Mainpoint – The examination of jeans, their history and where to find jeans made in America.
Jeans have been the American fashion icon for over 60 years with its myriad of styles and cuts. It is a wonder that work clothes made for farmers, mechanics and cowboys could ever become the height of fashion. On Part I, we will go into what are jeans, the history of jeans, and how it first became fashionable. Part II will be about the modern progression of jeans and the subsequent various cuts, styles, and names that now make it so confusing in trying to purchase jeans and where American made jeans can still be found.
The Origin of the Word
So let us exam where the word “jeans” came from. There is an old wives tale that the word “‘Jeans” came from the Italian city of Genoa 500 years ago, but more and more tend to doubt this origin. In fact, jeans was a type of fabric separate from denim. How about “denim”? Also, the name is of doubtful origin, supposedly from the place Serges de Nimes in France. Serges means twill. But, in France, the fabric itself was made out of silk and wool, not cotton, which is of American origin.
Technical stuff (you are free to skip this part if you would like)
So, let us temporarily flee the discussion of jeans and denim, get a little more technical and focus on twill and what jeans are made up of. Twill is a fabric woven in a pattern that produces an effect of parallel diagonal lines. If you want to break it down even further (kind of like under the microscope), let us say you have an old fashioned loom. There are length wise threads (called the warp). And you have the horizontal threads (called the woof). In the loom, the horizontal thread inter-weaves in the following manner: One over the warp and then under two threads under the warp, etc. Then the next horizontal thread down does the same pattern but starts one thread over. This gives the effect of diagonal parallel “ribs”. In classic denim, the material is made of durable cotton fabric. The length wise fibers, the warp, are dyed an indigo color, while the woof (the horizontal fibers) are white. The question then still remains, if denim was first made in France, it could not be made of cotton, but made of a different fabric in a twill pattern. So is that really denim?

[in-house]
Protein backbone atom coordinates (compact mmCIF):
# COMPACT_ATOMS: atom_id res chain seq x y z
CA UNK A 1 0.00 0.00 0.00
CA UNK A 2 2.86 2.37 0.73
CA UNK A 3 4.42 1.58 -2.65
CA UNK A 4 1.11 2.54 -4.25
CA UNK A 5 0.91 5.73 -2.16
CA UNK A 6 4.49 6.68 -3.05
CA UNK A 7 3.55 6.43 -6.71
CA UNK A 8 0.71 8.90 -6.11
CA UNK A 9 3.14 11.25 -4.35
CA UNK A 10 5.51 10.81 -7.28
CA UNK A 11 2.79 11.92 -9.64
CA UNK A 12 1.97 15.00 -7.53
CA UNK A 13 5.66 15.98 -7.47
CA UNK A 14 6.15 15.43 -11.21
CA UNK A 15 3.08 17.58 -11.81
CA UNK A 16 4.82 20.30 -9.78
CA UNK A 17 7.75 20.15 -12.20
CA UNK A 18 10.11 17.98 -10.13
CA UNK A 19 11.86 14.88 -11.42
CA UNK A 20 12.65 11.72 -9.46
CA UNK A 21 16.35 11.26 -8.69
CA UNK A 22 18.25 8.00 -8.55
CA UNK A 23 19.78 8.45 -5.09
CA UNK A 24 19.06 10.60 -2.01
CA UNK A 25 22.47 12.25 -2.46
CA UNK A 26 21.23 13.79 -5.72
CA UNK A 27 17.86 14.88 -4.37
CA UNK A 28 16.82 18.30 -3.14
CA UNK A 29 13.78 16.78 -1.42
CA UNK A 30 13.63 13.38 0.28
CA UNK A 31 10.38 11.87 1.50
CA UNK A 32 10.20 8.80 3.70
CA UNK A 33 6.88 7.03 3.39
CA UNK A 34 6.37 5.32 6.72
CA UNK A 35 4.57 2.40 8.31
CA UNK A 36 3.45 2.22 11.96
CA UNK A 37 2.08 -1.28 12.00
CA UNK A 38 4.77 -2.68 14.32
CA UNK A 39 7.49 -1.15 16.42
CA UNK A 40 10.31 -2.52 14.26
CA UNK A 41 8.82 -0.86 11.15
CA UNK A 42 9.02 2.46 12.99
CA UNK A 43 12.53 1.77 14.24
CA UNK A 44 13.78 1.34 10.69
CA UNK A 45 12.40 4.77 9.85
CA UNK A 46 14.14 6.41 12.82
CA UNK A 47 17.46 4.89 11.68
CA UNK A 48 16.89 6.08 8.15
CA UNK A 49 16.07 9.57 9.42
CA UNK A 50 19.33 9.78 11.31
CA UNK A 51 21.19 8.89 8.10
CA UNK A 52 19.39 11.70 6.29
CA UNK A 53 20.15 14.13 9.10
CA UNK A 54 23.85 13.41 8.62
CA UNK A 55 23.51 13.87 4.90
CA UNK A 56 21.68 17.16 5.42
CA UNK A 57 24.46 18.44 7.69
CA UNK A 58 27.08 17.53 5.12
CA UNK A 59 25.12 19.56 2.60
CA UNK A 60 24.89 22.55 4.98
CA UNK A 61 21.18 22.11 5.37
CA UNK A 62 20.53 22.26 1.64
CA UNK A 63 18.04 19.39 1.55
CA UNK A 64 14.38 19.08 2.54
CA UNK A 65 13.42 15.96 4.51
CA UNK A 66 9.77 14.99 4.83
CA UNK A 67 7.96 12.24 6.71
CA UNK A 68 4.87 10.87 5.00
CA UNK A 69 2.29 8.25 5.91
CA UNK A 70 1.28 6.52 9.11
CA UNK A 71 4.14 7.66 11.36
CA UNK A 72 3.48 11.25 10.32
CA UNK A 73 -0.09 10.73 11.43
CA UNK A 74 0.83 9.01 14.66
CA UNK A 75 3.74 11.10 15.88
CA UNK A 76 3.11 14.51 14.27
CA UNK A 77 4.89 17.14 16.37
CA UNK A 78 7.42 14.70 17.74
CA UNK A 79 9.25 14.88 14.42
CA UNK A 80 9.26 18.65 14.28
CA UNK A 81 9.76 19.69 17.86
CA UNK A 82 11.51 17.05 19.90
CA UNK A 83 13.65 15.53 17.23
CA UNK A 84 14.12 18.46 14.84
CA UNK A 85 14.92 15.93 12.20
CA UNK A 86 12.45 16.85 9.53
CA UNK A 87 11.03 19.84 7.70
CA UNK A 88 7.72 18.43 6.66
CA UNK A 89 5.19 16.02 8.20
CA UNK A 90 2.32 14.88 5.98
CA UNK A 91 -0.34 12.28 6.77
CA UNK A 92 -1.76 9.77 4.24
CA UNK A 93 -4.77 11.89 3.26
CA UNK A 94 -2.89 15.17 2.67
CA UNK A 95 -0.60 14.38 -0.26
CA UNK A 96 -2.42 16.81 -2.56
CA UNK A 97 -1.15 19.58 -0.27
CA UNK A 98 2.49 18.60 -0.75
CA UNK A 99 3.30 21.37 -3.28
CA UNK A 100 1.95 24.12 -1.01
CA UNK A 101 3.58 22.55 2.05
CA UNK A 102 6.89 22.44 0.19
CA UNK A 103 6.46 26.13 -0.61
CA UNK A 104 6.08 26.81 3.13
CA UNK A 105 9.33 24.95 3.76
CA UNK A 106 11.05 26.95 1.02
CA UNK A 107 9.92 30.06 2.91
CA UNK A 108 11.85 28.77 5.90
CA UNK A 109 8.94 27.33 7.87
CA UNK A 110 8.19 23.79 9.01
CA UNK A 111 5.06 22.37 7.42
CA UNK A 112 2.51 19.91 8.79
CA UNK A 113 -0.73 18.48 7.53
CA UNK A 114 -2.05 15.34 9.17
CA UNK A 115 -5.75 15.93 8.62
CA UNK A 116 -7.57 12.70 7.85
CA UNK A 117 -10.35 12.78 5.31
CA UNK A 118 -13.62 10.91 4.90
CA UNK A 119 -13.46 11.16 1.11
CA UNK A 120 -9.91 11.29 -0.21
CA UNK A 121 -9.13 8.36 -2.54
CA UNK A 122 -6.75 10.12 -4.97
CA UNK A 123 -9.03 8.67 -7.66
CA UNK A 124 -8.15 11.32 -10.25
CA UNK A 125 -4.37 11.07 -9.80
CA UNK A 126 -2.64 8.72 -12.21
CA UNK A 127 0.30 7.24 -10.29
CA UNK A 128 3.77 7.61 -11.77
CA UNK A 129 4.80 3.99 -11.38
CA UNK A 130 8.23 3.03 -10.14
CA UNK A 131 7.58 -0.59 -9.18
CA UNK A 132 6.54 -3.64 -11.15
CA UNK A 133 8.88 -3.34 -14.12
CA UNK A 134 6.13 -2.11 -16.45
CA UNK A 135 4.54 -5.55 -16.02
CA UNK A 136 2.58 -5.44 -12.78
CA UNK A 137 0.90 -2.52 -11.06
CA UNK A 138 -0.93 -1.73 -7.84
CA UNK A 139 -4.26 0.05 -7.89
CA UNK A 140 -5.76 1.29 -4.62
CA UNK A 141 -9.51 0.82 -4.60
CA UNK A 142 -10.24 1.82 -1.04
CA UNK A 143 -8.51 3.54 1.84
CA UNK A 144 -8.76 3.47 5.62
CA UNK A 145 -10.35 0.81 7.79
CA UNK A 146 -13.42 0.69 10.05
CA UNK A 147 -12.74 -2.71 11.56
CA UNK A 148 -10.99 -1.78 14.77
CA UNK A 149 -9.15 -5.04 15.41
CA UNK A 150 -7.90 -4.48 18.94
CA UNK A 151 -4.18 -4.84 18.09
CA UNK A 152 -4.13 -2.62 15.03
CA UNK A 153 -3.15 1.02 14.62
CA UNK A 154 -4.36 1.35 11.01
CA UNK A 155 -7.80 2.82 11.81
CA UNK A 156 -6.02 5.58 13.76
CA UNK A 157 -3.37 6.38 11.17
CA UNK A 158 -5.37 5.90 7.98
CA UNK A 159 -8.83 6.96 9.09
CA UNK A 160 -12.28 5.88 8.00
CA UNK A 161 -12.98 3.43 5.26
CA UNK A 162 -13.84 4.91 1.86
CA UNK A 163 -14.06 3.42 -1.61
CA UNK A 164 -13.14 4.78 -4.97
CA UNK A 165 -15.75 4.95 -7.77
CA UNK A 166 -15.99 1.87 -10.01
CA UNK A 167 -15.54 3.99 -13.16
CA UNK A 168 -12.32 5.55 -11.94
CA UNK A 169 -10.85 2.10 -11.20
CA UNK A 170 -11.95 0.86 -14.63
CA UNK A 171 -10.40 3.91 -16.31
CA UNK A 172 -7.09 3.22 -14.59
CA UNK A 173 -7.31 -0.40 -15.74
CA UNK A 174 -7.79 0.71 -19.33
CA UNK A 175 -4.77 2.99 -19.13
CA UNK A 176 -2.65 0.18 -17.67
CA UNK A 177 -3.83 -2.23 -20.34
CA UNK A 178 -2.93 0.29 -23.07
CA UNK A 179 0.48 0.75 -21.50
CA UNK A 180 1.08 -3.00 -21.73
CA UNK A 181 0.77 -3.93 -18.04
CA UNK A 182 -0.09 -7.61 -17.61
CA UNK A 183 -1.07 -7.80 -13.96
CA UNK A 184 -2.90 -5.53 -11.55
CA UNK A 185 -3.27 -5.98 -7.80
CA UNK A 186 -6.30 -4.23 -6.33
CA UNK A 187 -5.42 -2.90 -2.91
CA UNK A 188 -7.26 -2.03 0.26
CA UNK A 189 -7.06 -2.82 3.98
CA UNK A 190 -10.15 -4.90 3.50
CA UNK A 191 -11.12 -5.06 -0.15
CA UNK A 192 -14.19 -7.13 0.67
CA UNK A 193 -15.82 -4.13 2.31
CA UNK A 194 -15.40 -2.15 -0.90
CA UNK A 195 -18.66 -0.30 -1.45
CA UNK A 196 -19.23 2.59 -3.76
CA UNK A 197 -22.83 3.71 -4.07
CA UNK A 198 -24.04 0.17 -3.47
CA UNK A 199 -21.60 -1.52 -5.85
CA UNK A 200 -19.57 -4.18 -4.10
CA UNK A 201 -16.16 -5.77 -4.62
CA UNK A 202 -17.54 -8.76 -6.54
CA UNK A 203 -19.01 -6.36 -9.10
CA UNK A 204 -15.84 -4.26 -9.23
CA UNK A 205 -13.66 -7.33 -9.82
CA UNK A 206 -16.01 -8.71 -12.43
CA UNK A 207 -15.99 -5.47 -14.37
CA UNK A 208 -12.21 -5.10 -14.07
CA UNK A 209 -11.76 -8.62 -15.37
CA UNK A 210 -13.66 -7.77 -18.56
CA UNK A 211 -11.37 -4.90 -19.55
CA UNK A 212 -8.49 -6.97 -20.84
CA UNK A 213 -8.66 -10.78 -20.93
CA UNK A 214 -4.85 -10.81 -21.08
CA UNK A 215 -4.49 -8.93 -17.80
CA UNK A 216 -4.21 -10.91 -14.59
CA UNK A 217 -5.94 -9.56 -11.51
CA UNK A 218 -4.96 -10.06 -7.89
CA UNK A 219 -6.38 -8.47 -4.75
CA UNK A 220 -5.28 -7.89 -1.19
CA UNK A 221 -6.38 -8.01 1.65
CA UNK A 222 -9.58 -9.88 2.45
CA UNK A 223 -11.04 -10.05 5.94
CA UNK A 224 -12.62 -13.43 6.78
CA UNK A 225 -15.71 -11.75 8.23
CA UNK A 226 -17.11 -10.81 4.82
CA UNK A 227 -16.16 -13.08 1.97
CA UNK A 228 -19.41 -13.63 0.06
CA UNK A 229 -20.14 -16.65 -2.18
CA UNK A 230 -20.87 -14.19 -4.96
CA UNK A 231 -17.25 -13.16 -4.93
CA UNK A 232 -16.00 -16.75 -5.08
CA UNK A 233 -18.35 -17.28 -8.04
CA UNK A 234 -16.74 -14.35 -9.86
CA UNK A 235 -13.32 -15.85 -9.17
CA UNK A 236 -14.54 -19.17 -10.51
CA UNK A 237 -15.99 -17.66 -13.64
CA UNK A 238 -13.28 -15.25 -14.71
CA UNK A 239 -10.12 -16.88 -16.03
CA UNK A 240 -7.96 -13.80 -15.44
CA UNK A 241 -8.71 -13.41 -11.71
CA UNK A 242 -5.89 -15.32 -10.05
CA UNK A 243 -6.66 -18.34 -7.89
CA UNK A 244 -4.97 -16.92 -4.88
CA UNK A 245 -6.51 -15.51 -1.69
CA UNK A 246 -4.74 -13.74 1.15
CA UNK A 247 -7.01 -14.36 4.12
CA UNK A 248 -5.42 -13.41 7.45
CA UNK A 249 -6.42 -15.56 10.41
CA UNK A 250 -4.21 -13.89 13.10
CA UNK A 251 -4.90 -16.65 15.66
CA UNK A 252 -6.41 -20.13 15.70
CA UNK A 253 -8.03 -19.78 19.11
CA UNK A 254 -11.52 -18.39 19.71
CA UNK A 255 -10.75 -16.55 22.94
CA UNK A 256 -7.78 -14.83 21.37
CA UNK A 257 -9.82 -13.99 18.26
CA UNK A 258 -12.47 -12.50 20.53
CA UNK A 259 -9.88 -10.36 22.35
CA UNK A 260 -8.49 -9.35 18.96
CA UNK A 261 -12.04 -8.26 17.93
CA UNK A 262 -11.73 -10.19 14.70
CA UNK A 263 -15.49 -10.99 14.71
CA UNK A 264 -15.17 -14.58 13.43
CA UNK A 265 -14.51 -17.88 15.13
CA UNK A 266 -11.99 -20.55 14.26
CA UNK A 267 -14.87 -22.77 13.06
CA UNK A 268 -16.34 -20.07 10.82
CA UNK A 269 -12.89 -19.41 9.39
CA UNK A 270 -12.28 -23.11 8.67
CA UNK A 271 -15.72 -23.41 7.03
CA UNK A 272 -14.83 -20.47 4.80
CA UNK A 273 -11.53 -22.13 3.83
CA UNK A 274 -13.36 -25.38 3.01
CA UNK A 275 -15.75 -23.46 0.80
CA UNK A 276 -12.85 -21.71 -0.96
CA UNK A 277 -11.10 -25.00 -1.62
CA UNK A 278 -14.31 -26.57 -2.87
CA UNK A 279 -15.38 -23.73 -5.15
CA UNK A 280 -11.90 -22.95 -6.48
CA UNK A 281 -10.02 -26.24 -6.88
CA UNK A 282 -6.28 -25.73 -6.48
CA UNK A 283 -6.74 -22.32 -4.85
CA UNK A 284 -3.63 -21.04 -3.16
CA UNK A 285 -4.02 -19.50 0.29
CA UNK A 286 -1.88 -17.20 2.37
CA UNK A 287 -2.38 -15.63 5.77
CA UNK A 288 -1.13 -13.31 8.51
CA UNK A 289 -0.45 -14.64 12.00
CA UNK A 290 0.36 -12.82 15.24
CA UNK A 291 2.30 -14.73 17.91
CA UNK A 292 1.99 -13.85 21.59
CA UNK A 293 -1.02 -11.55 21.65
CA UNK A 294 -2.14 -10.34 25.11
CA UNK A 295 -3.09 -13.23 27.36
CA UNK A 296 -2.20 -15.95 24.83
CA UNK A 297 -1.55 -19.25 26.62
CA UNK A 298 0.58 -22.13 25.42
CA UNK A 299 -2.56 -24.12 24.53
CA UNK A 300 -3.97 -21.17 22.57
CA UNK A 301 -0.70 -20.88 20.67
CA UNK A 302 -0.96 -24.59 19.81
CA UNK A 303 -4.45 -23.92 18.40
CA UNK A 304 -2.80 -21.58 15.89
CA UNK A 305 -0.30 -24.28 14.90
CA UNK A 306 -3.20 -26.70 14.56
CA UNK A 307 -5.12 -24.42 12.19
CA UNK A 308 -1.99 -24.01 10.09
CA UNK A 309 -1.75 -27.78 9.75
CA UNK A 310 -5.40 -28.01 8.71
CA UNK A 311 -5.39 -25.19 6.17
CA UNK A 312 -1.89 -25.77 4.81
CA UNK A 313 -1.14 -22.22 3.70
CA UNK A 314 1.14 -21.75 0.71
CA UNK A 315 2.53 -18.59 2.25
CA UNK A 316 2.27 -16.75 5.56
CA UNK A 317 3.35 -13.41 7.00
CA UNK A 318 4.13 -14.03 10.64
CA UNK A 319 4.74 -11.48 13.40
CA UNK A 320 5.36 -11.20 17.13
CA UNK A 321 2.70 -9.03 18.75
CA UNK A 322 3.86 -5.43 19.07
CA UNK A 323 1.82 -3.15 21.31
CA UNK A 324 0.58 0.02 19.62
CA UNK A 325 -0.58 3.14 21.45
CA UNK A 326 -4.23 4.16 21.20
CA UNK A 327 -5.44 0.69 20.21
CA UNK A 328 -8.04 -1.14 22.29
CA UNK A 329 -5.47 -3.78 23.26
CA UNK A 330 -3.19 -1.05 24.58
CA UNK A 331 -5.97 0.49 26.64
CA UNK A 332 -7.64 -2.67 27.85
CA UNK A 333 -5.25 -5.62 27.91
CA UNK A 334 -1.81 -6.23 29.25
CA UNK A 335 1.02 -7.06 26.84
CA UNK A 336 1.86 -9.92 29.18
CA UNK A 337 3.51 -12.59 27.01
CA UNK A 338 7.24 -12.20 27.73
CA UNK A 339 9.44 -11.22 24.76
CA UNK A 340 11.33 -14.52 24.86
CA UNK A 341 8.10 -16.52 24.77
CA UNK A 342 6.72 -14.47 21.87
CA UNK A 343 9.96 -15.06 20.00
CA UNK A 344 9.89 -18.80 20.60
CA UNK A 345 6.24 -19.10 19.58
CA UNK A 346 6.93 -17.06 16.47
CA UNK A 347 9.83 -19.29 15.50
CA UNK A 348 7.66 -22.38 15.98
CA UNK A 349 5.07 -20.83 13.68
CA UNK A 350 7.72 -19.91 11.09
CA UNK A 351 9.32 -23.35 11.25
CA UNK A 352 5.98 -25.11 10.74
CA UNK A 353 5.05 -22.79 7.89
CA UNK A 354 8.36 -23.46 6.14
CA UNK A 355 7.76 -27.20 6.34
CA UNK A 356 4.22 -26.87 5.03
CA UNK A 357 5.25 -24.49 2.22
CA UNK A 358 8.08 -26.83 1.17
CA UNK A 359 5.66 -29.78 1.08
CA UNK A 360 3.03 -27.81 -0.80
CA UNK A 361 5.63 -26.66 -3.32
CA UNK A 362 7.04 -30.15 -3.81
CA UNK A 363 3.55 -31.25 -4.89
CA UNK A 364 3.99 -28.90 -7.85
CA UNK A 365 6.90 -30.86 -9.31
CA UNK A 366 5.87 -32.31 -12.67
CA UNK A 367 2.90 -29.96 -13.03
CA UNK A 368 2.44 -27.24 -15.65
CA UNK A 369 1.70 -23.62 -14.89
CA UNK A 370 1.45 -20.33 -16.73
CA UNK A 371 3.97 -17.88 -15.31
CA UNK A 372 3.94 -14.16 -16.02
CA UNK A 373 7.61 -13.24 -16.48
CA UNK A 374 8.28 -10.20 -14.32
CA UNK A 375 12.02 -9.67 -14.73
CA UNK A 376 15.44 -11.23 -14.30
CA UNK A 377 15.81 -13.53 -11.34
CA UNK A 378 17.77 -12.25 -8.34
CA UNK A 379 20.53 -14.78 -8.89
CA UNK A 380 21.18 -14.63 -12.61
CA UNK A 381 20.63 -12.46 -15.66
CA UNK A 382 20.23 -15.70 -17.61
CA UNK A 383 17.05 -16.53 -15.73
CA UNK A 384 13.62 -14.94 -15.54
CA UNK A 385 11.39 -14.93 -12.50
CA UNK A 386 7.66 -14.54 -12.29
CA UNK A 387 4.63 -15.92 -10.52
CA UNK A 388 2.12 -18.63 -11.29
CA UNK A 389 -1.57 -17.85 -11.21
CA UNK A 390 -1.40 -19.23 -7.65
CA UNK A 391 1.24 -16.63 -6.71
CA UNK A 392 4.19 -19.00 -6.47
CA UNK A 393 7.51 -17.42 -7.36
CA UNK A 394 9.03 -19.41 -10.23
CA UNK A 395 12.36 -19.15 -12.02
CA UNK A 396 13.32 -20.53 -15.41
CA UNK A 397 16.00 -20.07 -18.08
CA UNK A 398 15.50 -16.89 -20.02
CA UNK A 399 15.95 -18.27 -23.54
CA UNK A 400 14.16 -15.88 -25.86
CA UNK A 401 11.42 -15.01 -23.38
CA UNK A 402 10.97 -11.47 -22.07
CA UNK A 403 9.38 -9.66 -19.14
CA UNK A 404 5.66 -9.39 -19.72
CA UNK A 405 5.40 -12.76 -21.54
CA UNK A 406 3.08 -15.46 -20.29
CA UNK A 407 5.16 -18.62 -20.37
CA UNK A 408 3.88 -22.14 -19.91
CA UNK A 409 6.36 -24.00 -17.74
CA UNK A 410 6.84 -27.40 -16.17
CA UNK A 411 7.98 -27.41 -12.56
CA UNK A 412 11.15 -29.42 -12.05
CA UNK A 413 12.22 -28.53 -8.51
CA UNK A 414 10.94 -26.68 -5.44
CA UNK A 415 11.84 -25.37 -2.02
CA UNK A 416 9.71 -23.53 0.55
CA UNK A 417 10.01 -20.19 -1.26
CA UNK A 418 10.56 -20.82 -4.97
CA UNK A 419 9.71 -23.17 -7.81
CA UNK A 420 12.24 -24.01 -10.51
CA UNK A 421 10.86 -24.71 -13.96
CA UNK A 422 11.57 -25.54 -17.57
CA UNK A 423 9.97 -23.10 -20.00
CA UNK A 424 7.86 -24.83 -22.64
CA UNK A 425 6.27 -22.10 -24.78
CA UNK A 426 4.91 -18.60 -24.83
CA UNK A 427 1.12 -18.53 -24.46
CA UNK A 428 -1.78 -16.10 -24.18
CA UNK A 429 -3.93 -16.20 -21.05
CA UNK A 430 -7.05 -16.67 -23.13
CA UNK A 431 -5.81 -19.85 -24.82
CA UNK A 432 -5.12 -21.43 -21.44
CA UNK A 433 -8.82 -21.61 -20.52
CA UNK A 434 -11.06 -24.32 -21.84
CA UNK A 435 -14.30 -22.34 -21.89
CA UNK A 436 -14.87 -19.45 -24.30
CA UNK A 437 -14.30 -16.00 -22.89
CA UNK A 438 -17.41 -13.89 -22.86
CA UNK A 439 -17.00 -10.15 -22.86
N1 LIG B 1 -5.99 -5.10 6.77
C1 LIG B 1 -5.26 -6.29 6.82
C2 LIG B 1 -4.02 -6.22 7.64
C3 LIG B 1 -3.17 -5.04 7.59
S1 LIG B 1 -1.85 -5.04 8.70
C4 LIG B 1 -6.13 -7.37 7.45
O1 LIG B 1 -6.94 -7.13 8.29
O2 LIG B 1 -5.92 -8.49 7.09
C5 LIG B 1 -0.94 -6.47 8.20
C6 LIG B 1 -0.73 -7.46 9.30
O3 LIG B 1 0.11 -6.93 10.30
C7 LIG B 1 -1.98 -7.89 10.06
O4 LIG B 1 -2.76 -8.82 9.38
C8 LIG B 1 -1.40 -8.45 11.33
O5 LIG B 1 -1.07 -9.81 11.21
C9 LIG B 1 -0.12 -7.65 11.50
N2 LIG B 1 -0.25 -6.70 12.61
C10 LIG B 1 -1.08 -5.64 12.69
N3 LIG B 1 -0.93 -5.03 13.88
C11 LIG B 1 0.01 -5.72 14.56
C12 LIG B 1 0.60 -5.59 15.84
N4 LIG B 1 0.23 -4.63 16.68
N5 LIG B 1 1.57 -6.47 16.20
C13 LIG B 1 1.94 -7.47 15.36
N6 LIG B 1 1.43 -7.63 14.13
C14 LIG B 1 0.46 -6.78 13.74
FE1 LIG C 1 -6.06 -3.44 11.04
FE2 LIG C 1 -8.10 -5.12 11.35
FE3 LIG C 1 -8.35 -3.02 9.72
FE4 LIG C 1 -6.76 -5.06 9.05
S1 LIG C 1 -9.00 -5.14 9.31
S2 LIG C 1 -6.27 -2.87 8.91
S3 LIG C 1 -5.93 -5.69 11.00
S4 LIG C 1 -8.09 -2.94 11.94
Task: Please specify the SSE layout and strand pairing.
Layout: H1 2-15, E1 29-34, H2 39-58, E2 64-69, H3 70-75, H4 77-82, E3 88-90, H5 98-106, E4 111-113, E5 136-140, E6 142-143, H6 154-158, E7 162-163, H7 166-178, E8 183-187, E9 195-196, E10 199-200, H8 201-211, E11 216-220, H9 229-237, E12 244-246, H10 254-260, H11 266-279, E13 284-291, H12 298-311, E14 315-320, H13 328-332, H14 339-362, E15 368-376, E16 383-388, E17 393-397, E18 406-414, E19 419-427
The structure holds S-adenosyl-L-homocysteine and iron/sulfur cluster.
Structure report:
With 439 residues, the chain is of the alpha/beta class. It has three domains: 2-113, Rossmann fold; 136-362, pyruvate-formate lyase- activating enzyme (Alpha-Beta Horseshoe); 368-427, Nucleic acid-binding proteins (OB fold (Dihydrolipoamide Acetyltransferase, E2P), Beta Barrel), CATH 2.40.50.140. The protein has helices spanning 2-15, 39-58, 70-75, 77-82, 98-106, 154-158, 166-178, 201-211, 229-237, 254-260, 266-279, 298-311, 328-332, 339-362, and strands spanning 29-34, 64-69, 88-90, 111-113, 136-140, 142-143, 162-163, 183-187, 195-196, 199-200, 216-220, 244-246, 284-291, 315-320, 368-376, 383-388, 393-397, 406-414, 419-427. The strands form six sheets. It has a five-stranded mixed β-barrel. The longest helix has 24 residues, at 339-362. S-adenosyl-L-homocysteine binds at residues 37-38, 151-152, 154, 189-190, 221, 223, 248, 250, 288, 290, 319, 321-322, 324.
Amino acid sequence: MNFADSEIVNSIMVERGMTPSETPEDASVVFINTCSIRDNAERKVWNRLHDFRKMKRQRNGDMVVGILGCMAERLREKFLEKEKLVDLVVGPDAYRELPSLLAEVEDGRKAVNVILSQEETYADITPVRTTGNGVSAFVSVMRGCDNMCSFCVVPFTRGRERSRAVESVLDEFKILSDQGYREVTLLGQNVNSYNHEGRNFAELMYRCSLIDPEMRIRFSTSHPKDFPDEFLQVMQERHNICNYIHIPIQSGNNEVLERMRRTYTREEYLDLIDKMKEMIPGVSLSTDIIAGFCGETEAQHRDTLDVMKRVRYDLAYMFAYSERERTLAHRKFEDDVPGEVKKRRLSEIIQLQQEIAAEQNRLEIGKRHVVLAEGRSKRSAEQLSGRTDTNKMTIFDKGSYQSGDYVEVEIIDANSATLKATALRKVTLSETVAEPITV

More technical stuff
Jeans in the 19th and early 20th century, was actually a separate fabric from denim altogether. It tended to be used for uniforms, both threads (warp and woof) were colored, and it was not as durable as denim. If you wanted fabric that wouldn’t tear easily, that would be denim, which was more expensive and extensively used in overalls and work clothes. So, jeans are separate from denim. Confusing isn’t it? Later in this blog entry, we will put these loose ends together.
The origin of jeans
Jeans had evolved from overalls. In fact, jeans for many years were called waist trousers until 1960, when Levi Strauss officially called them jeans. Overalls were introduced in about 1750. They were used as a protection to prevent work related wear and tear to breeches and stockings. They were primarily made of linen. For warmth, sometimes overalls were made of wool.